"This is an important and provocative book. Myers shows why indirect rule developed in South Africa, why it was absorbed by white supremacy, and why it influences South African politics to this day. Theoretically sophisticated, 'Indirect Rule" identifies and explains the central contradiction between the ANC's traditionalist and progressive agendas." Michael MacDonald, Williams College

J.C.Myers is Associate Professor of Political Science at California State University, Stanislaus.
64 pp., paperback, Cape Town, 2013. R160
A play about the Geduld family who bury their grandmother under stones in the Karoo, as is the custom amongst the "karretjiemense". Her death marks the end of a way of life. This is Athol Fugard's first play in Afrikaans, based on Riana Steyn's research.

The "Karretjiemense" (Donkey Cart People), are direct descendants of the San, the earliest inhabitants of the Karoo interior. Itinerant sheep-shearers, this marginalised community roam the Karoo in their donkey carts in search of work, sleeping over on the roadside in make-shift overnight shelters.

This play premiered in the Fugard Theatre in Cape Town in 2012.
Thelen (D.) & Morgan (K.L.) comps. & eds. EXPERIENCING SOPHIATOWN, conversations among residents about the past, present and future of a community
177 pp., map, colour illus., paperback, Johannesburg, 2013. R195
A collection of transcriptions of conversations between Sophiatown residents. From 2008 facilitators from the University of Johannesburg worked with Sophiatown residents to organise meetings in which groups of residents could talk to each other, compare experiences and ideas, identify the challenges they face as a community, and together find ways to create a new history.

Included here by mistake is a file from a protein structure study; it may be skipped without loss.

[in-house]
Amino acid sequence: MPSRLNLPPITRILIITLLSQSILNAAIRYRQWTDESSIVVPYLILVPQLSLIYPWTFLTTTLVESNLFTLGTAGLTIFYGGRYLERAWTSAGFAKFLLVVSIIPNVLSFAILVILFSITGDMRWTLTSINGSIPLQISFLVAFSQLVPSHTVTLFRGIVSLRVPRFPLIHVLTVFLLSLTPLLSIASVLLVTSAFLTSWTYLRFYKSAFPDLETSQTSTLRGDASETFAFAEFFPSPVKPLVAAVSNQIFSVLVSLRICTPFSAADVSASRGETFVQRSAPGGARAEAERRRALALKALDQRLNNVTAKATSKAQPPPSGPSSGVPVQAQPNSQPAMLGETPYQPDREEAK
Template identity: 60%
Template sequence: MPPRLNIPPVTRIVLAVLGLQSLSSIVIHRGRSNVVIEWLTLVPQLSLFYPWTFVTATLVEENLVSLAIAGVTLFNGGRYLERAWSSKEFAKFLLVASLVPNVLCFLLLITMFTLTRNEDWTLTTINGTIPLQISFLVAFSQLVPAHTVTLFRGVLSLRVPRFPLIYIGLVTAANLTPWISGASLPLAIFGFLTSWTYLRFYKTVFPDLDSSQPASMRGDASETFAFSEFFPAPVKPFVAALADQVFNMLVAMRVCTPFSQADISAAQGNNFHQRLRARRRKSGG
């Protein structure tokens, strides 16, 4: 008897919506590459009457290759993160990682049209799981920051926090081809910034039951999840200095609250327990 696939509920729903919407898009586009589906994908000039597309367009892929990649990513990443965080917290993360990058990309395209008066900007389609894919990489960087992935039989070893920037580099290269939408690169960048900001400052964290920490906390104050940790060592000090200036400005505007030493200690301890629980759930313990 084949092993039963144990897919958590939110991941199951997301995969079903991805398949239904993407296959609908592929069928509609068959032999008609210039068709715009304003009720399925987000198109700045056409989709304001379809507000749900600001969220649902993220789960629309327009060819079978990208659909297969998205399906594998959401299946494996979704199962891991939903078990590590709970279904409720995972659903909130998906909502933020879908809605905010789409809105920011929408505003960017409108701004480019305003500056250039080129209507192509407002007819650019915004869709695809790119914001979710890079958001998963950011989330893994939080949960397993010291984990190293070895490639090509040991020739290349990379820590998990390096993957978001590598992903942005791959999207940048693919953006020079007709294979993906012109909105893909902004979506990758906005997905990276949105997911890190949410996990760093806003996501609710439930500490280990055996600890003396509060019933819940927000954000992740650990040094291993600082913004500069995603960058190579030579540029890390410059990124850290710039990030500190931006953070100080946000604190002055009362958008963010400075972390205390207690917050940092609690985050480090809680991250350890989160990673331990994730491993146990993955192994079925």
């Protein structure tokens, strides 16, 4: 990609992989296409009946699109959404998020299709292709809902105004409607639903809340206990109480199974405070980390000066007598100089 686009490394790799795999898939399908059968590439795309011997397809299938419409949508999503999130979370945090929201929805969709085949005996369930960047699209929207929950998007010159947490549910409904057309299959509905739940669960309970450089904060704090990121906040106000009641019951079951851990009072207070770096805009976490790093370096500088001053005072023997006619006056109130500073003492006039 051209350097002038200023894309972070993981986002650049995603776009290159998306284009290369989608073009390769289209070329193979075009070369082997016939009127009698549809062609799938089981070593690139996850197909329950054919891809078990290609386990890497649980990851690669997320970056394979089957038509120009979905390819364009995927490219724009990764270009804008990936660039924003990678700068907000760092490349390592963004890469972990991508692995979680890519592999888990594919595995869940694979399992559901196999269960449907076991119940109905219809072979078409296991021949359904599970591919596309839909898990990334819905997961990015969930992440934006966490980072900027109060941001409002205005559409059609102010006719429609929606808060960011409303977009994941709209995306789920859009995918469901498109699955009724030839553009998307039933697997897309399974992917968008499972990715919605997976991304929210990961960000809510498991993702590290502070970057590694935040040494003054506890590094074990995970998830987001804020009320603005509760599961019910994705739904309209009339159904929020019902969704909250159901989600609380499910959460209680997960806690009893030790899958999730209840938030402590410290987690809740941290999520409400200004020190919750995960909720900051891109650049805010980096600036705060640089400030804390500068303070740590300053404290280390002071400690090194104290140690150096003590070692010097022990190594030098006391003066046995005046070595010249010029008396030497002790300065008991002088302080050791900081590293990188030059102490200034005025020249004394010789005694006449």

In the 1950s the National Party government forcibly removed around 65 000 Sophiatown residents, bulldozed their homes and replaced them with cheap housing for whites. They renamed the suburb Triomf (Triumph).
[Khadiagala (G.) et al eds.] RACE, MEMORY AND THE APARTHEID ARCHIVE, towards a psychological praxis
368 pp., paperback, First S.A.Edition, Johannesburg, 2013. R320
First published in the UK and USA in 2013.

A collection of essays that examine South Africa's history of racial oppression and the possibilities and impossibilities of transforming South African society by engaging with stories submitted to the Apartheid Archive Project.

The Apartheid Archives project is an ongoing collaborative international research initiative that focuses on the collection, documentation and analysis of personal stories from ordinary South Africans, about their experiences of racism under apartheid and the continuing effects on individual and group functioning in contemporary South Africa. The project believes that it is important for South African society to review, acknowledge and deal with its past, in order to better manage its present and future, and aims to supplement the 'grand' narratives recorded by the TRC. The project was conceptualized and initiated in 2008 by two psychologists at the University of the Witwatersrand, and continues to be housed there.

Contributions include:
"Unsettling Whiteness" by Gillian Straker
"Engaging with the Apartheid Archive Project: voices from the South African diaspora in Australia" by Christopher Sonn
"Desire, Fear and Entitlement: sexualising race and racialising sexuality in (re)membering apartheid" by Kopano Ratele and Tamara Shefer
"How Do we 'Treat' Apartheid History?" by Derek Hook
"Self-Consciousness and Impression Management in the Authoring of Apartheid-related Narratives by Gillian Eagle and Brett Bowman.

Clinical psychologist Garth Stevens in Associate Professor in the Department of Psychology, School of Human and Community Development, at the University of the Witwatersrand.
Norman Duncan is the Deam of Humanities and Professor of Psychology at the University of Pretoria.
Derek Hook is a lecturer in Psychosocial Studies at Birkbeck College, University of London.